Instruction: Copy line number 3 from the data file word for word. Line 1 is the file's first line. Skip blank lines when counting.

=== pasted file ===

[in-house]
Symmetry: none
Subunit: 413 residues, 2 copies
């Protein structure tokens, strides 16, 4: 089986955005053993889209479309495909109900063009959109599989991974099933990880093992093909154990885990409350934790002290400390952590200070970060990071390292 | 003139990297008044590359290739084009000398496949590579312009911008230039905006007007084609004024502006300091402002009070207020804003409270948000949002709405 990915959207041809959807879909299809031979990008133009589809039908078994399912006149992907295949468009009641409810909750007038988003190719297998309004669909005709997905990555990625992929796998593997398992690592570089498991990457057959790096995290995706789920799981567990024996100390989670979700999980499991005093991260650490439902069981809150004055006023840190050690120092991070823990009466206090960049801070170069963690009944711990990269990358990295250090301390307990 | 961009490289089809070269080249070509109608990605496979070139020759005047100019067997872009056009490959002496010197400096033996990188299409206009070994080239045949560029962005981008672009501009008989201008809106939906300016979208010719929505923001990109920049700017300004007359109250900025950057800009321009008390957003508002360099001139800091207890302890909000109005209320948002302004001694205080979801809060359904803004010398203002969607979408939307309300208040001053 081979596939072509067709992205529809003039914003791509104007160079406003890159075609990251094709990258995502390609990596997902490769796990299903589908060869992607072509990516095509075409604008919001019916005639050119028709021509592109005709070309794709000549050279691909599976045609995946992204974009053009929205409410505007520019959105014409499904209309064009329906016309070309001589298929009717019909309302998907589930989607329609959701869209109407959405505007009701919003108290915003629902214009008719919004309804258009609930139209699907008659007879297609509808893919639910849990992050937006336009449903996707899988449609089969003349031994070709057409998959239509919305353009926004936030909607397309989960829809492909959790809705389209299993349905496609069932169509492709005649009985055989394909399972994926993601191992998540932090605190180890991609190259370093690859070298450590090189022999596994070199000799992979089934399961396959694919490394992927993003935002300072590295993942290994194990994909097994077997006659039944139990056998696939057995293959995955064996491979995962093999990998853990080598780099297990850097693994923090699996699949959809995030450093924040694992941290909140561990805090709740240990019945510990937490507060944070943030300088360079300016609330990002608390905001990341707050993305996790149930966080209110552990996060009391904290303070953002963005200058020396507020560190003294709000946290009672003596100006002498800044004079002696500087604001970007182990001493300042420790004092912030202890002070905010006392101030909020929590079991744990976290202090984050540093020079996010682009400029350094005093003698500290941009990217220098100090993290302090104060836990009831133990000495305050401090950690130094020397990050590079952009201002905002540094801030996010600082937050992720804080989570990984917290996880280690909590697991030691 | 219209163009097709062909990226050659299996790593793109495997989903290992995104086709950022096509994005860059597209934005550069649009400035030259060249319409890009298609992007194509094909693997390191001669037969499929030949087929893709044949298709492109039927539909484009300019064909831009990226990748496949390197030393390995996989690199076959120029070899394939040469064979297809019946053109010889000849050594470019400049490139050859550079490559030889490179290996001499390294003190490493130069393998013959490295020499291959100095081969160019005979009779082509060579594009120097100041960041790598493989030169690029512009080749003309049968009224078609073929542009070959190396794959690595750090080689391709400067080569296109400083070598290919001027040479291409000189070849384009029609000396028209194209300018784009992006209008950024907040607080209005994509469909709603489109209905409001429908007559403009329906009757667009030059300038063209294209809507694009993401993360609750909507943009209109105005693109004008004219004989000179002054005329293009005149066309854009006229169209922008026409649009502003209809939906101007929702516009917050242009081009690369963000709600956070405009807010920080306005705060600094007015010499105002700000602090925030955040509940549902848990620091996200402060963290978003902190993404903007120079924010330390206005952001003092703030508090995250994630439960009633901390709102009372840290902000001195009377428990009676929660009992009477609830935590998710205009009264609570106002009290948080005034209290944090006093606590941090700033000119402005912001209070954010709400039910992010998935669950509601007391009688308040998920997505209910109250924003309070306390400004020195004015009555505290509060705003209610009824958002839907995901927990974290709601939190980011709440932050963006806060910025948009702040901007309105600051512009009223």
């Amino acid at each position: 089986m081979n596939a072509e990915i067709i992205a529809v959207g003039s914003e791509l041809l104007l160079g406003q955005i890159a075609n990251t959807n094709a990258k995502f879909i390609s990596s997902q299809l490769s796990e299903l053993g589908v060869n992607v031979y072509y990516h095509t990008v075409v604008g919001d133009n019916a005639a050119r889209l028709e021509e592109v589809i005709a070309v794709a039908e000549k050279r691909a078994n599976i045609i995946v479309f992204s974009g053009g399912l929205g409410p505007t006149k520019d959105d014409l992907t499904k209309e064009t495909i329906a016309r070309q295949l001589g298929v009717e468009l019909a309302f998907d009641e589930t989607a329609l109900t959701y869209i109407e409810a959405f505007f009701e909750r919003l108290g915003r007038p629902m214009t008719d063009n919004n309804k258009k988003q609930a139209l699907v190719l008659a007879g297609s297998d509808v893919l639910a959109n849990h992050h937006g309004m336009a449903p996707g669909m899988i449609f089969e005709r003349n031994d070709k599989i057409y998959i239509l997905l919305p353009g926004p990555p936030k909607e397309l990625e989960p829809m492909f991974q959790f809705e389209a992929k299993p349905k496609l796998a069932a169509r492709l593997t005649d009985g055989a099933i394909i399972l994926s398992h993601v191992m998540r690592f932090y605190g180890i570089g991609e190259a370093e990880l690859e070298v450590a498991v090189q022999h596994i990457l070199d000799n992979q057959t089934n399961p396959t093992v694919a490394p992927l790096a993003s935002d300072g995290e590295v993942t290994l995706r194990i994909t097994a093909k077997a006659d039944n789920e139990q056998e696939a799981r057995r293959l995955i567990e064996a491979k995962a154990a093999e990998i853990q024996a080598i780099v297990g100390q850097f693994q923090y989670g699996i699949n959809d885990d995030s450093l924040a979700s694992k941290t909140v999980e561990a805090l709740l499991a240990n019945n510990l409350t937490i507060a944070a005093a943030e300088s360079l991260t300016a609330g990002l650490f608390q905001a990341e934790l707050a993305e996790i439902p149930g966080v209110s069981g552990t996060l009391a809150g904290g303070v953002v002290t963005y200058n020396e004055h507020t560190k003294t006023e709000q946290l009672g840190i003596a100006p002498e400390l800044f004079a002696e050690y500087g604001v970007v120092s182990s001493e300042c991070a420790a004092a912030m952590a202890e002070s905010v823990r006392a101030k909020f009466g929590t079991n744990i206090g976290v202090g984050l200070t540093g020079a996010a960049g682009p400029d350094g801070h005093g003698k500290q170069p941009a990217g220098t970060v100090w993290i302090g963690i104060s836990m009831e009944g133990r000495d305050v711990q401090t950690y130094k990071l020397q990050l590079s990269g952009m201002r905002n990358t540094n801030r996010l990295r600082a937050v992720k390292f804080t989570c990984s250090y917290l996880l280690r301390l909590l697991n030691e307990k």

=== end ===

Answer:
Subunit: 413 residues, 2 copies